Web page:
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Republican Senators Introduce the Retirement Freedom Act

Press Release

By:
Date:
Location: Washington, DC

Today, U.S. Senator Jim DeMint (R-South Carolina) joined 12 of his Republican colleagues to introduce the Retirement Freedom Act, which gives seniors the ability to voluntarily opt-out of Medicare while still collecting Social Security payments. Cosponsors of the bill include U.S. Senators Kelly Ayotte (R-N.H.), Saxby Chambliss (R-Ga.), Tom Coburn (R-Okla.), Lindsey Graham (R-S.C.), Kay Bailey Hutchison (R-Texas), Ron Johnson (R-Wisc.), Mike Lee (R-Utah), Rand Paul (R-Ky.), James Risch (R-Idaho), Jeff Sessions (R-Ala.), Pat Toomey (R-Penn.), and David Vitter (R-La.).

"American seniors should have the freedom to make their own choice about health care without Uncle Sam threatening to take away their Social Security checks," said Senator DeMint. "These two programs have been unnecessarily tied together by unaccountable bureaucrats without the consent of the people or their elected officials. Today, if a senior can afford private insurance and chooses to not accept Medicare, they are forced to give up their Social Security benefits. This is not right and it must change."

"Retirement benefits are intended to provide freedom to seniors," said Senator Coburn. "However, current rules tying seniors' Social Security benefits to Medicare Part A enrollment are an infringement upon their personal and financial liberty. By eliminating the link between the two programs, this bill will restore freedom of retirees to maintain a health plan of their choice instead of having bureaucrats choose for them."

"Our seniors deserve the freedom to make decisions about their retirement benefits without bureaucratic red tape and government mandates stifling their choices," said Senator Toomey. "No senior's Social Security benefits should be jeopardized simply because he or she chooses to opt out of Medicare. Sen. DeMint's Retirement Freedom Act protects seniors' freedom and dignity by making sure their retirement choices are their own -- not the government's."

"Every time the government acts, it does so at the expense of personal liberty," said Senator Lee. "When the government tied Social Security benefits to Medicare, it limited the freedom of America's seniors to make certain retirement choices. The Retirement Freedom Act will correct that issue and allow Americans to decide for themselves how best to prepare for retirement without government interference."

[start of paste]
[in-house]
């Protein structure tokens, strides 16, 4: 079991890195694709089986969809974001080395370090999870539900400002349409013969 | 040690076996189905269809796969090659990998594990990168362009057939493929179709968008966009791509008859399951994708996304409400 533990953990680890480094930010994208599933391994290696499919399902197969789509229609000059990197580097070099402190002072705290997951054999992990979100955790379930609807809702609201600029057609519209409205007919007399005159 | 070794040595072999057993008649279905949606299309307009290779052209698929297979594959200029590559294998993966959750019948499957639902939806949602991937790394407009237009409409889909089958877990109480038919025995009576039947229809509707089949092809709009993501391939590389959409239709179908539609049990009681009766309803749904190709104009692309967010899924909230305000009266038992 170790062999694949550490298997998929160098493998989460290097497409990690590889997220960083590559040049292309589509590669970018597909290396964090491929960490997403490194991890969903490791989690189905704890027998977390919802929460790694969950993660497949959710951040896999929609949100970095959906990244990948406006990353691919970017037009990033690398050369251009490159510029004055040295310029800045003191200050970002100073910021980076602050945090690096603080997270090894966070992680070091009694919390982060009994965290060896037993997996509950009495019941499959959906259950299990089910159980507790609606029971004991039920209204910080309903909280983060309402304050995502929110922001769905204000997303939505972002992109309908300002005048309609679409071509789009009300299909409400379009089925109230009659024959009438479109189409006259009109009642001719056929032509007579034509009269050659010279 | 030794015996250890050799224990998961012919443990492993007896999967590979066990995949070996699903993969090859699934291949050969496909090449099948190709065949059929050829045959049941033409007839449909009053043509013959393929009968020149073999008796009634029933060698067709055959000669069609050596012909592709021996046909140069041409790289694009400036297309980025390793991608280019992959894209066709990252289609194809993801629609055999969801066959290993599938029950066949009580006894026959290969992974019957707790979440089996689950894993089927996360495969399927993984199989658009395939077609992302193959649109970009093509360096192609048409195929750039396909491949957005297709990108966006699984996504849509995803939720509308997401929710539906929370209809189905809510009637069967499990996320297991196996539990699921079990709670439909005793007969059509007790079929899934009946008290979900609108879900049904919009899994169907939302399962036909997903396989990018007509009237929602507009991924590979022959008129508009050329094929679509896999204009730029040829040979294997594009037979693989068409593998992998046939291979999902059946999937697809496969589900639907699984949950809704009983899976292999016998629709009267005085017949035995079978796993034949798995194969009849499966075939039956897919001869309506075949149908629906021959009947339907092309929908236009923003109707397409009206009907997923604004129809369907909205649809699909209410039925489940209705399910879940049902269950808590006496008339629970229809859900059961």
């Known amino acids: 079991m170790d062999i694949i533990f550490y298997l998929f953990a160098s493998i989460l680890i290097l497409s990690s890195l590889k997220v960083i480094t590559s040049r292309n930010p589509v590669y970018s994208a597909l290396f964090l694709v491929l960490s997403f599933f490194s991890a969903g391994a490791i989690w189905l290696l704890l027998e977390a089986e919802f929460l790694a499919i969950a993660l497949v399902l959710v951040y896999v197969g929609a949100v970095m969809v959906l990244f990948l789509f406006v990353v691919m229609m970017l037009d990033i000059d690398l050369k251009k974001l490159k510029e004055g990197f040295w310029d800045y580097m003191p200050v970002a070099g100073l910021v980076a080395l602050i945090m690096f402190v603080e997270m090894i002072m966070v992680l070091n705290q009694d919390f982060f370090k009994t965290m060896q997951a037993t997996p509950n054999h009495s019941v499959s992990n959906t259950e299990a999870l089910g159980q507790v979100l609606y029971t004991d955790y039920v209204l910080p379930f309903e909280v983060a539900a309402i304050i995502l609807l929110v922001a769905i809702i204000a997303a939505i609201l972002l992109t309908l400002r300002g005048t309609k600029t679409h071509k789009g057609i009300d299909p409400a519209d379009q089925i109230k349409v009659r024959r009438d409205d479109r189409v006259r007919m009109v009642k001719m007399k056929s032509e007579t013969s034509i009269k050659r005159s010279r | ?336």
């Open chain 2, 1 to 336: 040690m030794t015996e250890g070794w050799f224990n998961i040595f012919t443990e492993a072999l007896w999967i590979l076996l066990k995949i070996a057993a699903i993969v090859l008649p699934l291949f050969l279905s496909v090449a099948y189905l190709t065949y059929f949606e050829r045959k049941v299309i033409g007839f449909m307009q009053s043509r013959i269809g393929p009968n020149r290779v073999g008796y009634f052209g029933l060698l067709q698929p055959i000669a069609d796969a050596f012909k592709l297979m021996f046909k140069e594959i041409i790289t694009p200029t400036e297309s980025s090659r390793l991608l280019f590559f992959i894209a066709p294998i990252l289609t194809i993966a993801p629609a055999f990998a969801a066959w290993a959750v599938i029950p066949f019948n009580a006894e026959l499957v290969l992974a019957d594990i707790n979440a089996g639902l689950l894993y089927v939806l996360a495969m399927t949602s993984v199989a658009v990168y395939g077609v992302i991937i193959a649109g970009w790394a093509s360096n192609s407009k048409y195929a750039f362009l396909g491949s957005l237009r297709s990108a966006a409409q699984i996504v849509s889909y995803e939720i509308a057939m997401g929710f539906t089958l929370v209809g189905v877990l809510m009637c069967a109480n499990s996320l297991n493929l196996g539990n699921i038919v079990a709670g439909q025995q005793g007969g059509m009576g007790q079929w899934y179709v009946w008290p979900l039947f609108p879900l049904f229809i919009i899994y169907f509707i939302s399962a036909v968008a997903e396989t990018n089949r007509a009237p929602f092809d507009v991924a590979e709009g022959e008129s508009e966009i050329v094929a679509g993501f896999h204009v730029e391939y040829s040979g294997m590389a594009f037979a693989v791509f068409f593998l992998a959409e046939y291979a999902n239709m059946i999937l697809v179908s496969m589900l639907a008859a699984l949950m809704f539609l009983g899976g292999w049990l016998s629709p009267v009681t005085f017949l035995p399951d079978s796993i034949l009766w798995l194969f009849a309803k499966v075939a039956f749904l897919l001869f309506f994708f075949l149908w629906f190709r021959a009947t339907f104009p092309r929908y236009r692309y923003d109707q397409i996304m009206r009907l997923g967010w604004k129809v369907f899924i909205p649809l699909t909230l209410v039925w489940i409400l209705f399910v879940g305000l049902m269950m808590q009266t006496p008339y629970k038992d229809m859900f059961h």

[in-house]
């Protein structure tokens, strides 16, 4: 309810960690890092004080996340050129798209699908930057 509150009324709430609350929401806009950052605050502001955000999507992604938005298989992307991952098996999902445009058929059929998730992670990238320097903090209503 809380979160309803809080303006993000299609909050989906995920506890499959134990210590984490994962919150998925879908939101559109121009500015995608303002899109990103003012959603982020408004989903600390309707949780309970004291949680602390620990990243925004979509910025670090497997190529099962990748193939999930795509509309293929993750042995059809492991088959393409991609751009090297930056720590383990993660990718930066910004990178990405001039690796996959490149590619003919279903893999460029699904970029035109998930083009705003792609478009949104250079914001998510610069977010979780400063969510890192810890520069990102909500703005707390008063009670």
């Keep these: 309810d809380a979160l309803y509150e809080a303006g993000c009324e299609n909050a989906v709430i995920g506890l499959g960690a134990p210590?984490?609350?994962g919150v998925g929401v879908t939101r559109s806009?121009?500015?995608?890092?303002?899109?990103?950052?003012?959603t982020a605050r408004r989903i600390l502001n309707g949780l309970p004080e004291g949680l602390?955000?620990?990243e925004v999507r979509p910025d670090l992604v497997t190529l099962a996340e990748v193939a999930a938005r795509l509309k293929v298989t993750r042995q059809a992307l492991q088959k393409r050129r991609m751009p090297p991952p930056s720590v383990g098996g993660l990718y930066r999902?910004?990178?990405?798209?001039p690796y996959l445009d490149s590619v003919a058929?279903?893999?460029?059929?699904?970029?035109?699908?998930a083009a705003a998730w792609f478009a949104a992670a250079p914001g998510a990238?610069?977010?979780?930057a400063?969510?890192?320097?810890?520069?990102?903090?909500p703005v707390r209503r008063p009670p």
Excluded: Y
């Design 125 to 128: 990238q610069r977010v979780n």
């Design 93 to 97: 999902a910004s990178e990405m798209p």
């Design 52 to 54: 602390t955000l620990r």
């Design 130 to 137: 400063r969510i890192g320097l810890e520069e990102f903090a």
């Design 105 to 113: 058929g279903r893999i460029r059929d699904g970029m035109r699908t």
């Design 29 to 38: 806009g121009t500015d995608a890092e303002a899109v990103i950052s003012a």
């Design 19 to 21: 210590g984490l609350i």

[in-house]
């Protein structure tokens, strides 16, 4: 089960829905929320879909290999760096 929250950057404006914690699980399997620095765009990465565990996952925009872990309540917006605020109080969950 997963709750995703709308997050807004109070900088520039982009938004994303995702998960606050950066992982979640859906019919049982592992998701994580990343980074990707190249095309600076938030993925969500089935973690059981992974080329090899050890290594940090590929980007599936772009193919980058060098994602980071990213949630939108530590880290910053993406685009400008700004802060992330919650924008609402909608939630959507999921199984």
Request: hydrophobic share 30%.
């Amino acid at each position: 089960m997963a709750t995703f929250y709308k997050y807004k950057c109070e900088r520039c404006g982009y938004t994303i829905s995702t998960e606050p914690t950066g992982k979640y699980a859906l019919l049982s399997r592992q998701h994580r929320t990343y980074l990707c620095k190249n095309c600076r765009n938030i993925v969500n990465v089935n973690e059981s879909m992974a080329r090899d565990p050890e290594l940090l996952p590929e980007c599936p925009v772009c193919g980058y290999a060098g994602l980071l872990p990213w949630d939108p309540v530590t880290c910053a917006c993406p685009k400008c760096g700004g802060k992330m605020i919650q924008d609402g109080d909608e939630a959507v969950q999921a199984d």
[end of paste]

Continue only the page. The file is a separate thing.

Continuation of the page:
"This is a common-sense step toward reforming our broken entitlement system, allowing seniors to choose what health care is best for their individual needs," said Senator Hutchison. "The bill gives seniors choice while strengthening Medicare's finances, which are headed toward bankruptcy."

About the Retirement Freedom Act (RFA):

The RFA empowers America's seniors to opt out of Medicare Part A but still collect Social Security benefits.
o Currently, the Social Security Administration has handcuffed Social Security benefits to Medicare enrollment. Yet, the Social Security Act and Medicare Act state that applying for Social Security benefits and Medicare enrollment are voluntary actions.
The RFA also lets seniors who have opted out of Medicare to opt back into the program without incurring a penalty. With the economy struggling as it is, seniors don't need any extra fees standing between them and any medical attention they need.
At time when spending cuts need to be made, this legislation will bring an estimated immediate savings of $1.5 billion of taxpayer funds if only 1 percent of eligible seniors opt out of Medicare Part A in favor of private health care insurance.
Seniors should have the freedom to opt out of a struggling program. According to the American Medical Association, about one in five physicians overall (17 percent) are restricting the amount of Medicare patients in their practice because their reimbursements rates keep getting cut. The number is even higher among primary care physicians, where nearly one-third (31 percent) restrict the number of Medicare patients they see.


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